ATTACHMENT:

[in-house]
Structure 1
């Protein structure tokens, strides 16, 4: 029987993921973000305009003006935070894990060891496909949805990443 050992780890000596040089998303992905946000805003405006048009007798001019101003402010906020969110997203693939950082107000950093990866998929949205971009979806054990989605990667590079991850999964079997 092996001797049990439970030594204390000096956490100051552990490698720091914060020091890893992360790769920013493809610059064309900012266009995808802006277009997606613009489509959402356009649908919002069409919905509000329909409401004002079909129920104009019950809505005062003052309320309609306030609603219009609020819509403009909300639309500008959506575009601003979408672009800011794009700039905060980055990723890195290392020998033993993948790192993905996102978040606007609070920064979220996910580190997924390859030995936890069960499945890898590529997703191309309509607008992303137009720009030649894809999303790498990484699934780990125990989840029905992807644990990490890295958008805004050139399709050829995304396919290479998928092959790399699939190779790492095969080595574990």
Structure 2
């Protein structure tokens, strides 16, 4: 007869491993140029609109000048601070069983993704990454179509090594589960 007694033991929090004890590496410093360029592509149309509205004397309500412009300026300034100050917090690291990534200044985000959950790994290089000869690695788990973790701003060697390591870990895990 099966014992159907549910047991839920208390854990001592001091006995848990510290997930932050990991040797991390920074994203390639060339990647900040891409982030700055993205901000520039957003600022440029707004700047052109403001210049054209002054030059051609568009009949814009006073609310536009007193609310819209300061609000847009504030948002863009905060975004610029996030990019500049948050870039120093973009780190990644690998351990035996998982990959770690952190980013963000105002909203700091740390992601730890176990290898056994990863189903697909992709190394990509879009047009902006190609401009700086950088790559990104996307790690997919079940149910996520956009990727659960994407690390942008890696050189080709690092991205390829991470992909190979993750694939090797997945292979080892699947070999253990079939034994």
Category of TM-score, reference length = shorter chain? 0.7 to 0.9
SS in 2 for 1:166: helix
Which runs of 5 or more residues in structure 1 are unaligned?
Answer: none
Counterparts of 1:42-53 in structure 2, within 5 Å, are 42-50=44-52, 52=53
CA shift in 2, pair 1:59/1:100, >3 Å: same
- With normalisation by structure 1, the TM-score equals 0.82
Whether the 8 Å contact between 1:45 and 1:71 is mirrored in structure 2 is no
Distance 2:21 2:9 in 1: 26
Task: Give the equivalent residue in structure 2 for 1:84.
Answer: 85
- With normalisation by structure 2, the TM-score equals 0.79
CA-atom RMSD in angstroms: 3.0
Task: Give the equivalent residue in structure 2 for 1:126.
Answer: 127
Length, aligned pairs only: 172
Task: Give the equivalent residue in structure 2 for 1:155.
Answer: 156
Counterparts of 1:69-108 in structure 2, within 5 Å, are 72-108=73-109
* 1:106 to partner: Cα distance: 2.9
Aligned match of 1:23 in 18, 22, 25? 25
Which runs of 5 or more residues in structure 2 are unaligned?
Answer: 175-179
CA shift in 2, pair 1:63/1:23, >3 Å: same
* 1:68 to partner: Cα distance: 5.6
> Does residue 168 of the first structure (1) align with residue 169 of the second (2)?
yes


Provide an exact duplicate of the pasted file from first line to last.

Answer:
[in-house]
Structure 1
């Protein structure tokens, strides 16, 4: 029987993921973000305009003006935070894990060891496909949805990443 050992780890000596040089998303992905946000805003405006048009007798001019101003402010906020969110997203693939950082107000950093990866998929949205971009979806054990989605990667590079991850999964079997 092996001797049990439970030594204390000096956490100051552990490698720091914060020091890893992360790769920013493809610059064309900012266009995808802006277009997606613009489509959402356009649908919002069409919905509000329909409401004002079909129920104009019950809505005062003052309320309609306030609603219009609020819509403009909300639309500008959506575009601003979408672009800011794009700039905060980055990723890195290392020998033993993948790192993905996102978040606007609070920064979220996910580190997924390859030995936890069960499945890898590529997703191309309509607008992303137009720009030649894809999303790498990484699934780990125990989840029905992807644990990490890295958008805004050139399709050829995304396919290479998928092959790399699939190779790492095969080595574990």
Structure 2
């Protein structure tokens, strides 16, 4: 007869491993140029609109000048601070069983993704990454179509090594589960 007694033991929090004890590496410093360029592509149309509205004397309500412009300026300034100050917090690291990534200044985000959950790994290089000869690695788990973790701003060697390591870990895990 099966014992159907549910047991839920208390854990001592001091006995848990510290997930932050990991040797991390920074994203390639060339990647900040891409982030700055993205901000520039957003600022440029707004700047052109403001210049054209002054030059051609568009009949814009006073609310536009007193609310819209300061609000847009504030948002863009905060975004610029996030990019500049948050870039120093973009780190990644690998351990035996998982990959770690952190980013963000105002909203700091740390992601730890176990290898056994990863189903697909992709190394990509879009047009902006190609401009700086950088790559990104996307790690997919079940149910996520956009990727659960994407690390942008890696050189080709690092991205390829991470992909190979993750694939090797997945292979080892699947070999253990079939034994």
Category of TM-score, reference length = shorter chain? 0.7 to 0.9
SS in 2 for 1:166: helix
Which runs of 5 or more residues in structure 1 are unaligned?
Answer: none
Counterparts of 1:42-53 in structure 2, within 5 Å, are 42-50=44-52, 52=53
CA shift in 2, pair 1:59/1:100, >3 Å: same
- With normalisation by structure 1, the TM-score equals 0.82
Whether the 8 Å contact between 1:45 and 1:71 is mirrored in structure 2 is no
Distance 2:21 2:9 in 1: 26
Task: Give the equivalent residue in structure 2 for 1:84.
Answer: 85
- With normalisation by structure 2, the TM-score equals 0.79
CA-atom RMSD in angstroms: 3.0
Task: Give the equivalent residue in structure 2 for 1:126.
Answer: 127
Length, aligned pairs only: 172
Task: Give the equivalent residue in structure 2 for 1:155.
Answer: 156
Counterparts of 1:69-108 in structure 2, within 5 Å, are 72-108=73-109
* 1:106 to partner: Cα distance: 2.9
Aligned match of 1:23 in 18, 22, 25? 25
Which runs of 5 or more residues in structure 2 are unaligned?
Answer: 175-179
CA shift in 2, pair 1:63/1:23, >3 Å: same
* 1:68 to partner: Cα distance: 5.6
> Does residue 168 of the first structure (1) align with residue 169 of the second (2)?
yes